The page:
1. Limited time only! Sign up for a free 30min personal tutor trial with Chegg Tutors
    Dismiss Notice
Dismiss Notice
Join Physics Forums Today!
The friendliest, high quality science and math community on the planet! Everyone who loves science is here!

Homework Help: Extremizing multivariable functions

  1. Nov 14, 2011 #1
    1. The problem statement, all variables and given/known data
    Find extreme values for
    [tex]f(x, y, z)=x+y+z[/tex]
    subject to:

    Therefore, since c>0, exclude the origin.

    Let [tex]L(x, y, z, \lambda{)}=x+y+z+\lambda{(}x^4+y^4+z^4-c)[/tex]
    and thus
    [tex]L_1(x, y, z, \lambda{)}=1+4x^3\lambda[/tex]
    [tex]L_2(x, y, z, \lambda{)}=1+4y^3\lambda[/tex]
    [tex]L_3(x, y, z, \lambda{)}=1+4z^3\lambda[/tex]
    [tex]L_4(x, y, z, \lambda{)}=x^4+y^4+z^4-c[/tex]
    with solutions
    and since c>0, the question has no solutions.
  2. jcsd
  3. Nov 14, 2011 #2


    User Avatar
    Science Advisor
    Homework Helper

  4. Nov 14, 2011 #3

    Ray Vickson

    User Avatar
    Science Advisor
    Homework Helper

    The equation [itex] 3((-1/4\lambda{)}^{1/3})^4 = c[/itex] can certainly be solved for [itex] \lambda [/itex] as a function of [itex]c. [/itex] Then plug that solution into your formulas for x, y and z.

  5. Nov 15, 2011 #4


    User Avatar
    Science Advisor

    I prefer a little different way of thinking about it. To find maximum or minimum of f(x,y,z) subject to the constraint [itex]g(x,y,z)= constant[/itex], find (x,y,z) where the gradients are parallel: [itex]\nabla f= \lambda\nabla g[/itex]. For this problem that gives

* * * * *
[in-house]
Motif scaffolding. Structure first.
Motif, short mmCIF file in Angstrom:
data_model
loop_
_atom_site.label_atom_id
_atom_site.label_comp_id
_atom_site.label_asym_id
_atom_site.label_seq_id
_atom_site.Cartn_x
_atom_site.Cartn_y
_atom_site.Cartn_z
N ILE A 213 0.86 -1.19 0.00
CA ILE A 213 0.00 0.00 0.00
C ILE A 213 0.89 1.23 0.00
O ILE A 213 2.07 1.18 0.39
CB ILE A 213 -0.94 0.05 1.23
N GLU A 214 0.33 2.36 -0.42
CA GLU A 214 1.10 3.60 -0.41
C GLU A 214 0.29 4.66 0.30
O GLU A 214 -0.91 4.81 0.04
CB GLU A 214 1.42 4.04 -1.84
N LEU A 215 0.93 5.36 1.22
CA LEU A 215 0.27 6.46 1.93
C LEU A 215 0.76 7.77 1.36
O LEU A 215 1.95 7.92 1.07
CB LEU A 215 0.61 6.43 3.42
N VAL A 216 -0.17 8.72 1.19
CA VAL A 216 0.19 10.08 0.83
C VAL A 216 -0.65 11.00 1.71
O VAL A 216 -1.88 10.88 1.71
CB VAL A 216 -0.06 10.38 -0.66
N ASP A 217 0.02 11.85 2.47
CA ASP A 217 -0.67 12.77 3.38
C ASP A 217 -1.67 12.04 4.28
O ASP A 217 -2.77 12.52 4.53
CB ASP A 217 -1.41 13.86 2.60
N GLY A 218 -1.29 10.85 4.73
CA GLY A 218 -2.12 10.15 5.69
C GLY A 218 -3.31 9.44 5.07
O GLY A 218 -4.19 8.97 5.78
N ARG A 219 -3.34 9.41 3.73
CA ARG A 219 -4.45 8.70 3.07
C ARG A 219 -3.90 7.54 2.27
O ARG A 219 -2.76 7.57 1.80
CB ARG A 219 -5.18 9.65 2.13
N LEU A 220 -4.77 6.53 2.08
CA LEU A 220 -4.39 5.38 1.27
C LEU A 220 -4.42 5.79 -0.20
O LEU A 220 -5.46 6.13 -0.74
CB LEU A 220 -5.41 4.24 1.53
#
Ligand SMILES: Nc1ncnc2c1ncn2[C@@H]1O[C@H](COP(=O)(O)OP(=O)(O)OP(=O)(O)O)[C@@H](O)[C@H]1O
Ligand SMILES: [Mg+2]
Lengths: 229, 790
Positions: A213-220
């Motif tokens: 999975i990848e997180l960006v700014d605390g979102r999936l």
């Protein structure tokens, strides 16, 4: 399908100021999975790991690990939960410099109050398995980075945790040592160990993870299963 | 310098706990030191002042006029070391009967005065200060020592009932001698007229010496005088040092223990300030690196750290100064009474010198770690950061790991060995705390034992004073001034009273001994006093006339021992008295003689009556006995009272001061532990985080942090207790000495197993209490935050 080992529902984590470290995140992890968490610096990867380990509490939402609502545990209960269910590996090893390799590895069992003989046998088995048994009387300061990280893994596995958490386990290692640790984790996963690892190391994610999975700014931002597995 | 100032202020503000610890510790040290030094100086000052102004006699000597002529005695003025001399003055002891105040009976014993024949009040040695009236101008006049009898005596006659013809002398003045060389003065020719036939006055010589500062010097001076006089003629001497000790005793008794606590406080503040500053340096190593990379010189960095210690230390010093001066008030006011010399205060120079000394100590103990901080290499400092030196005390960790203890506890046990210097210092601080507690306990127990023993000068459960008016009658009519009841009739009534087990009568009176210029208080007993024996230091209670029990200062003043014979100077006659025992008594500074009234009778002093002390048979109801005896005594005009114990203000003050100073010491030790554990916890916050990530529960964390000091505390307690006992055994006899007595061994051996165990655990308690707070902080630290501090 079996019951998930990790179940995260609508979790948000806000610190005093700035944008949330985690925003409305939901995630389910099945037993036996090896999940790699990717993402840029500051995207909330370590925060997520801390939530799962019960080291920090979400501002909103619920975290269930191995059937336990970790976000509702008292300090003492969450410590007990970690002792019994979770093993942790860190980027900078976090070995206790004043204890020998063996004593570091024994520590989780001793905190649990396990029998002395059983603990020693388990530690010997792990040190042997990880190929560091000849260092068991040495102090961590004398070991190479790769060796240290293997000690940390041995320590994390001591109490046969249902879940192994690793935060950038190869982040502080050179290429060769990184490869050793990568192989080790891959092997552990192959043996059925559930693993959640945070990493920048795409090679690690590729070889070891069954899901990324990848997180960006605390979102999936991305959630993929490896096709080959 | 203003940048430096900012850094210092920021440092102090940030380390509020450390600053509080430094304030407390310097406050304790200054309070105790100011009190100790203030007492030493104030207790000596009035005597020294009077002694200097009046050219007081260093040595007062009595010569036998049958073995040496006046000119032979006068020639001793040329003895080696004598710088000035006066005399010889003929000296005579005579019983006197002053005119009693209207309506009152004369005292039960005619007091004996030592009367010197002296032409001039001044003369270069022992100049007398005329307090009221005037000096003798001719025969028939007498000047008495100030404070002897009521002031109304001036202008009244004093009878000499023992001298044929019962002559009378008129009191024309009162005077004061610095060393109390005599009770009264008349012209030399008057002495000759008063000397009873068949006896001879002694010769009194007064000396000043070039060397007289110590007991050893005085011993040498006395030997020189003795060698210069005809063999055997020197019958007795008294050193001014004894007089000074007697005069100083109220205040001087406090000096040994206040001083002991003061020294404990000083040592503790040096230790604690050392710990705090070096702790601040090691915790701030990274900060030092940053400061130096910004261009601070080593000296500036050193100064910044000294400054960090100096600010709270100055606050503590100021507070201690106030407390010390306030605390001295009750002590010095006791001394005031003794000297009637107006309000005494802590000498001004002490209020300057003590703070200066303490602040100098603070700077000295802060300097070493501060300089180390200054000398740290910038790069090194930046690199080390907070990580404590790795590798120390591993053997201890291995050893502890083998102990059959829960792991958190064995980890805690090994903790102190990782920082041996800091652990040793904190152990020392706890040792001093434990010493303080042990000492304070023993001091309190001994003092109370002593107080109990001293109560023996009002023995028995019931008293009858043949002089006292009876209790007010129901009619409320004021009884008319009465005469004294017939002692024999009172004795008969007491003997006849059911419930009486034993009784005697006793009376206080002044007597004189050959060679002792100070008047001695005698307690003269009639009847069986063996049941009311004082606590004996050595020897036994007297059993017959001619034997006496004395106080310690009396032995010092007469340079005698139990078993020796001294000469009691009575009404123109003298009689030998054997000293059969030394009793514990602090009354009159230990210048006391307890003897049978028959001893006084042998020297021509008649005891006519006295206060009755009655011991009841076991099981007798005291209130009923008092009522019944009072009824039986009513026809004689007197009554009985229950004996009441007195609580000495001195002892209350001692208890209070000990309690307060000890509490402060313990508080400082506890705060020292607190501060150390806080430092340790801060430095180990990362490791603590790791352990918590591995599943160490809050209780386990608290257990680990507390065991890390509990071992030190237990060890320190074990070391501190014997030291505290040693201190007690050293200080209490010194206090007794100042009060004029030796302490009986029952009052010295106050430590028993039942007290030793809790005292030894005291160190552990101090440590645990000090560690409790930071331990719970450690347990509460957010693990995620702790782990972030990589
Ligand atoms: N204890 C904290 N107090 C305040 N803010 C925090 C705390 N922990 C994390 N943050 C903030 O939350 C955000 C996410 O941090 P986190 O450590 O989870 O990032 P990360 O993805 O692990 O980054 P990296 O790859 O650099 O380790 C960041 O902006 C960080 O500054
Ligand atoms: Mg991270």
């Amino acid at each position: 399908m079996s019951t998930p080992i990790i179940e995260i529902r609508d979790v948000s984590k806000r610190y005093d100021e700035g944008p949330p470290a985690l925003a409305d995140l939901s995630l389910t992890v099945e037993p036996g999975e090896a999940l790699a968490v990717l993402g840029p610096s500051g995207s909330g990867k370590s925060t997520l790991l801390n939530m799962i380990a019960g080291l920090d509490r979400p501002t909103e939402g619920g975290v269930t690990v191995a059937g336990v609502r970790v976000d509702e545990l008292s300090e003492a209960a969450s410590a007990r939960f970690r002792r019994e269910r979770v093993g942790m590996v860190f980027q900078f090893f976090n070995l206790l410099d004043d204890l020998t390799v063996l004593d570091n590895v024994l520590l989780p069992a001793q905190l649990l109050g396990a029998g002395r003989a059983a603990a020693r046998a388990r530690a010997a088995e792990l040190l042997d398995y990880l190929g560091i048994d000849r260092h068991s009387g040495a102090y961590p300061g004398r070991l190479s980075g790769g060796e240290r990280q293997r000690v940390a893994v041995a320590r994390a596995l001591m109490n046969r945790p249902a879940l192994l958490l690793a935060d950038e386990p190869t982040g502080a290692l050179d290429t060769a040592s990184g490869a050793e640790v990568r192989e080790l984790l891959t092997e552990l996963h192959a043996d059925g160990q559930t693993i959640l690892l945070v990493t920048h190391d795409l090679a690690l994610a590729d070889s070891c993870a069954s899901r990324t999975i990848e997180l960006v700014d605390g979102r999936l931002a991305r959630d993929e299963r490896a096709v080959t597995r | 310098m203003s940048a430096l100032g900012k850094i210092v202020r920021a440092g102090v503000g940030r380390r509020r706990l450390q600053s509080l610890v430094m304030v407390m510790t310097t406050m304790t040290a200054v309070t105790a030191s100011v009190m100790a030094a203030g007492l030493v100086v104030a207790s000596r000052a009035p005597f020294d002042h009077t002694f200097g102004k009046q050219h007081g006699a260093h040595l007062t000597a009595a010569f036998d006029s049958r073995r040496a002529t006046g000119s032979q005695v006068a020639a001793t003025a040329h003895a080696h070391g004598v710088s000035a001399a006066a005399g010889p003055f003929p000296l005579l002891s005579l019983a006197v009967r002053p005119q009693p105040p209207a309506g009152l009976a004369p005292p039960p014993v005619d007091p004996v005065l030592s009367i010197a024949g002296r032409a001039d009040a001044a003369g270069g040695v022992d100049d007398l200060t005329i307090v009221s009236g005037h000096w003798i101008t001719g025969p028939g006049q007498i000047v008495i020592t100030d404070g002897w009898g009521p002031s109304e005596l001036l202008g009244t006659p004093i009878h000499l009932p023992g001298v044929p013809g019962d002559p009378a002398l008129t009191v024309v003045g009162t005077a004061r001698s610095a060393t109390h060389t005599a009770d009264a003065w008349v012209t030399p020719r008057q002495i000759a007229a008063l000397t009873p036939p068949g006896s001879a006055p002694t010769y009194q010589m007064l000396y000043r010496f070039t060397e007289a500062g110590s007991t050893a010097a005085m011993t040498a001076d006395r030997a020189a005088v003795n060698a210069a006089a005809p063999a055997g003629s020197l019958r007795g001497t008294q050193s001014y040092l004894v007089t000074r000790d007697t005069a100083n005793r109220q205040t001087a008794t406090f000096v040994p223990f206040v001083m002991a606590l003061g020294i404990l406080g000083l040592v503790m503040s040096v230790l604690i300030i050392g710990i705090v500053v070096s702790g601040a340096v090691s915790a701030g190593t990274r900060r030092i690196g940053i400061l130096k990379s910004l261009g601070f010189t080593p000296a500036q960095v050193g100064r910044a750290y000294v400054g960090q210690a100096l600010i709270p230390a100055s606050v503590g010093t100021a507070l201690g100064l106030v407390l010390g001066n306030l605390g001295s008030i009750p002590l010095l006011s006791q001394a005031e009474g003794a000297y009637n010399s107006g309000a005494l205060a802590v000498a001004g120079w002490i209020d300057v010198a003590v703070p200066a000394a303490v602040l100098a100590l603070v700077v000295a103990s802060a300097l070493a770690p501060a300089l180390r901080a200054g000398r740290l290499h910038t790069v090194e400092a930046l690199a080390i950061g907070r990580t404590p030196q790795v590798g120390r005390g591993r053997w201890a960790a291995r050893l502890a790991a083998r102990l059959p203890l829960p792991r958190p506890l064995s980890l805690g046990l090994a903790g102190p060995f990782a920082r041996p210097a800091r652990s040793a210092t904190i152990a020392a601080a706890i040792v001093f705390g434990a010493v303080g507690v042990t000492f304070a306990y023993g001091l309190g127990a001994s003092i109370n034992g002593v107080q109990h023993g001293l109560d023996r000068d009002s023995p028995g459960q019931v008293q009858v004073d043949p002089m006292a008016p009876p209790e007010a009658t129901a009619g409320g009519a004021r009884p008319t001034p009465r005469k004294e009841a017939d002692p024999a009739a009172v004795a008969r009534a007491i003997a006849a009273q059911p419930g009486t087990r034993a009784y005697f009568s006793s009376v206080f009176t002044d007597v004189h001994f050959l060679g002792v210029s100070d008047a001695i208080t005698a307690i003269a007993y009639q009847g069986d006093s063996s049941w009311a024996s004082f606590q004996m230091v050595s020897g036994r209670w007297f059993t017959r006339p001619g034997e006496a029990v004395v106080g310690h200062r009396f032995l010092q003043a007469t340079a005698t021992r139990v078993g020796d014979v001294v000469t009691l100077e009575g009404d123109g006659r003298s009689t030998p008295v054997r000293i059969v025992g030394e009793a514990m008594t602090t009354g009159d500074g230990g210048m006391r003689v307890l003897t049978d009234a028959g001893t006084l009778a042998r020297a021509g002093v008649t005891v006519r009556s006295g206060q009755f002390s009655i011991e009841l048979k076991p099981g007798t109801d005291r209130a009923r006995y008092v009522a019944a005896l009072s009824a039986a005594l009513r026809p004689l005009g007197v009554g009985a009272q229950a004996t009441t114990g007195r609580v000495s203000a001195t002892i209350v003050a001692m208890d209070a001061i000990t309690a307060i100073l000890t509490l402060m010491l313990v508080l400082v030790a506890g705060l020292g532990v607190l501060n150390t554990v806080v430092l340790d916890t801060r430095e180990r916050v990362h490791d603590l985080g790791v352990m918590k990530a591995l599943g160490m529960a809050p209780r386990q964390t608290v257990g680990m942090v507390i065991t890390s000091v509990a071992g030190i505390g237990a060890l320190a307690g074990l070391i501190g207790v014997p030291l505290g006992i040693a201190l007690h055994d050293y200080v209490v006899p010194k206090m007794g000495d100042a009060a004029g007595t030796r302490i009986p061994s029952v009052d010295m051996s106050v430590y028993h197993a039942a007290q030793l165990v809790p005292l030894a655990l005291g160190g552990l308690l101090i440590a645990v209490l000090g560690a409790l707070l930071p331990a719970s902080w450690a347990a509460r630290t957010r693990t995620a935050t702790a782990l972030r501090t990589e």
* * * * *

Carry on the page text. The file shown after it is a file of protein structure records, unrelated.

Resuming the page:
[itex]1= 4\lambda x^3[/itex], [itex]1= 4\lambda y^3[/itex], [itex]1= 4\lambda z^3[/itex]
    (These are equivalent to your [itex]L_1= 1+ 4\lambda x^2= 0[/itex], etc. although you did not write the "= 0".)

    Now, eliminate [itex]\lambda[/itex] by dividing one equation by another. That gives [itex]1= (x/y)^3[/itex] and [itex]1= (x/z)^3[/itex] which give x= y= z. Put that into [itex]x^4+ y^4+ z^4= c[/itex].
  6. Nov 15, 2011 #5
    Thanks for the responses guys.
    [tex](x, y, z)=(\frac{c^{1/4}}{3^{1/4}}, \frac{c^{1/4}}{3^{1/4}}, \frac{c^{1/4}}{3^{1/4}})[/tex]
  7. Nov 15, 2011 #6
    I'd just like to say that when I do it following the original path, I get
    [tex](x, y, z)=(-c^{1/4}/3^{1/4}, -c^{1/4}/3^{1/4}, -c^{1/4}/3^{1/4})[/tex]
  8. Nov 16, 2011 #7
    We know that
    however, this does not really follow the method HallsofIvy suggested..
Share this great discussion with others via Reddit, Google+, Twitter, or Facebook